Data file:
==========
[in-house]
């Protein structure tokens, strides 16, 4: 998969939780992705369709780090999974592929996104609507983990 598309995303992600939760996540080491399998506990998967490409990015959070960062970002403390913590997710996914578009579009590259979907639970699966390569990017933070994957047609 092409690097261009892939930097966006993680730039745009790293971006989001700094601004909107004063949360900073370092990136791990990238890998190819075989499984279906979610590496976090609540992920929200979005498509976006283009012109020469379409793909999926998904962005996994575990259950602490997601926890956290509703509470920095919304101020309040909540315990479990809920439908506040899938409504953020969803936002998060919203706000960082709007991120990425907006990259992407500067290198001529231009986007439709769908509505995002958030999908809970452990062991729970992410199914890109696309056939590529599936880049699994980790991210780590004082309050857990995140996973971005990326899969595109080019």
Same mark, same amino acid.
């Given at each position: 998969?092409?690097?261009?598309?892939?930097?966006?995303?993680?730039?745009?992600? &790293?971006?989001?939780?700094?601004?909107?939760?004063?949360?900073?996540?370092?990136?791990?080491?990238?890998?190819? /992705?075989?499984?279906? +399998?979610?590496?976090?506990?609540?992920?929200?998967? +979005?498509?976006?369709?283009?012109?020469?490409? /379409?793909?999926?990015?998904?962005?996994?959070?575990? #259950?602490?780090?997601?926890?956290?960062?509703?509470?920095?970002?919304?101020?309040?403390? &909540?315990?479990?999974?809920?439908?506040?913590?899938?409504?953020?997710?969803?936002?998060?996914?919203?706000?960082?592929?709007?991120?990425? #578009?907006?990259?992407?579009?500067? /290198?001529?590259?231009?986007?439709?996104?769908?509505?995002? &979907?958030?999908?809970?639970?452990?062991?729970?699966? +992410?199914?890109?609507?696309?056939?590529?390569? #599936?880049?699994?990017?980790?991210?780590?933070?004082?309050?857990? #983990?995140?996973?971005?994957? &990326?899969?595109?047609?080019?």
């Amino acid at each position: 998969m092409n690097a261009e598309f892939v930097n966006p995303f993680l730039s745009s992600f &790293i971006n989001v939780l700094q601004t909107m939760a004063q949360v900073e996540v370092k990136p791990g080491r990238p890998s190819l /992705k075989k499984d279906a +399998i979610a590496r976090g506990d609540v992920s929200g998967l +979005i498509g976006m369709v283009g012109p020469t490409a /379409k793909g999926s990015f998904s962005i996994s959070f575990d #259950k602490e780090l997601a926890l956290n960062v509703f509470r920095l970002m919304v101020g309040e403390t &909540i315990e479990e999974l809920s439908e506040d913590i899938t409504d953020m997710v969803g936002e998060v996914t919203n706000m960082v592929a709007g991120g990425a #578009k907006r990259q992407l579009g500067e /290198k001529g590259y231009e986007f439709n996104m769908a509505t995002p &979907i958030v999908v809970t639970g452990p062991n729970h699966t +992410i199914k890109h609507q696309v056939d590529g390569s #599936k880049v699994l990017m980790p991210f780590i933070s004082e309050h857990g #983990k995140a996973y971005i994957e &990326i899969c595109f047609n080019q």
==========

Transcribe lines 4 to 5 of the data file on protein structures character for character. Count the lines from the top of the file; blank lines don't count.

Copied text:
């Given at each position: 998969?092409?690097?261009?598309?892939?930097?966006?995303?993680?730039?745009?992600? &790293?971006?989001?939780?700094?601004?909107?939760?004063?949360?900073?996540?370092?990136?791990?080491?990238?890998?190819? /992705?075989?499984?279906? +399998?979610?590496?976090?506990?609540?992920?929200?998967? +979005?498509?976006?369709?283009?012109?020469?490409? /379409?793909?999926?990015?998904?962005?996994?959070?575990? #259950?602490?780090?997601?926890?956290?960062?509703?509470?920095?970002?919304?101020?309040?403390? &909540?315990?479990?999974?809920?439908?506040?913590?899938?409504?953020?997710?969803?936002?998060?996914?919203?706000?960082?592929?709007?991120?990425? #578009?907006?990259?992407?579009?500067? /290198?001529?590259?231009?986007?439709?996104?769908?509505?995002? &979907?958030?999908?809970?639970?452990?062991?729970?699966? +992410?199914?890109?609507?696309?056939?590529?390569? #599936?880049?699994?990017?980790?991210?780590?933070?004082?309050?857990? #983990?995140?996973?971005?994957? &990326?899969?595109?047609?080019?």
């Amino acid at each position: 998969m092409n690097a261009e598309f892939v930097n966006p995303f993680l730039s745009s992600f &790293i971006n989001v939780l700094q601004t909107m939760a004063q949360v900073e996540v370092k990136p791990g080491r990238p890998s190819l /992705k075989k499984d279906a +399998i979610a590496r976090g506990d609540v992920s929200g998967l +979005i498509g976006m369709v283009g012109p020469t490409a /379409k793909g999926s990015f998904s962005i996994s959070f575990d #259950k602490e780090l997601a926890l956290n960062v509703f509470r920095l970002m919304v101020g309040e403390t &909540i315990e479990e999974l809920s439908e506040d913590i899938t409504d953020m997710v969803g936002e998060v996914t919203n706000m960082v592929a709007g991120g990425a #578009k907006r990259q992407l579009g500067e /290198k001529g590259y231009e986007f439709n996104m769908a509505t995002p &979907i958030v999908v809970t639970g452990p062991n729970h699966t +992410i199914k890109h609507q696309v056939d590529g390569s #599936k880049v699994l990017m980790p991210f780590i933070s004082e309050h857990g #983990k995140a996973y971005i994957e &990326i899969c595109f047609n080019q």